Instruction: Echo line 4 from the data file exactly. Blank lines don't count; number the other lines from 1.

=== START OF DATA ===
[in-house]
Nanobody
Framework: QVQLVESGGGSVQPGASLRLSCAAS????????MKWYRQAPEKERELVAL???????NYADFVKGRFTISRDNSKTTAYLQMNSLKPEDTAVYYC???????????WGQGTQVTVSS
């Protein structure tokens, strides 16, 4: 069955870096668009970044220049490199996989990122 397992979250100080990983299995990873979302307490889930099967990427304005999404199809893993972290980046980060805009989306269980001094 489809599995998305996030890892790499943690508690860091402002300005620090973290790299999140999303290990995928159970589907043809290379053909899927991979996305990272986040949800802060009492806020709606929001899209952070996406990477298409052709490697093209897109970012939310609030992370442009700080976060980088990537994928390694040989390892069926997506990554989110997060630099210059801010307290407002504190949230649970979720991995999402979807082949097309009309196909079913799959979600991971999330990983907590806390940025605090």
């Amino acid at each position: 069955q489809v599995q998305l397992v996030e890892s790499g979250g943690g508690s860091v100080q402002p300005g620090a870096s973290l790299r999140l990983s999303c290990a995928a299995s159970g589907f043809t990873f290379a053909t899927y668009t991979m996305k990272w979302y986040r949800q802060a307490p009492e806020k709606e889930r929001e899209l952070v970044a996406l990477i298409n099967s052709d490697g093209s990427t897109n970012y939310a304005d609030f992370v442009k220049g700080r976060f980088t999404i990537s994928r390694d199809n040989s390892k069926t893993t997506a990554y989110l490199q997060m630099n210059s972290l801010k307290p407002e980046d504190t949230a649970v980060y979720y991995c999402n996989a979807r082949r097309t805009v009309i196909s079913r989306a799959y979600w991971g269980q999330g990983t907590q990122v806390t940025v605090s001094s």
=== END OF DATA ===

């Protein structure tokens, strides 16, 4: 069955870096668009970044220049490199996989990122 397992979250100080990983299995990873979302307490889930099967990427304005999404199809893993972290980046980060805009989306269980001094 489809599995998305996030890892790499943690508690860091402002300005620090973290790299999140999303290990995928159970589907043809290379053909899927991979996305990272986040949800802060009492806020709606929001899209952070996406990477298409052709490697093209897109970012939310609030992370442009700080976060980088990537994928390694040989390892069926997506990554989110997060630099210059801010307290407002504190949230649970979720991995999402979807082949097309009309196909079913799959979600991971999330990983907590806390940025605090």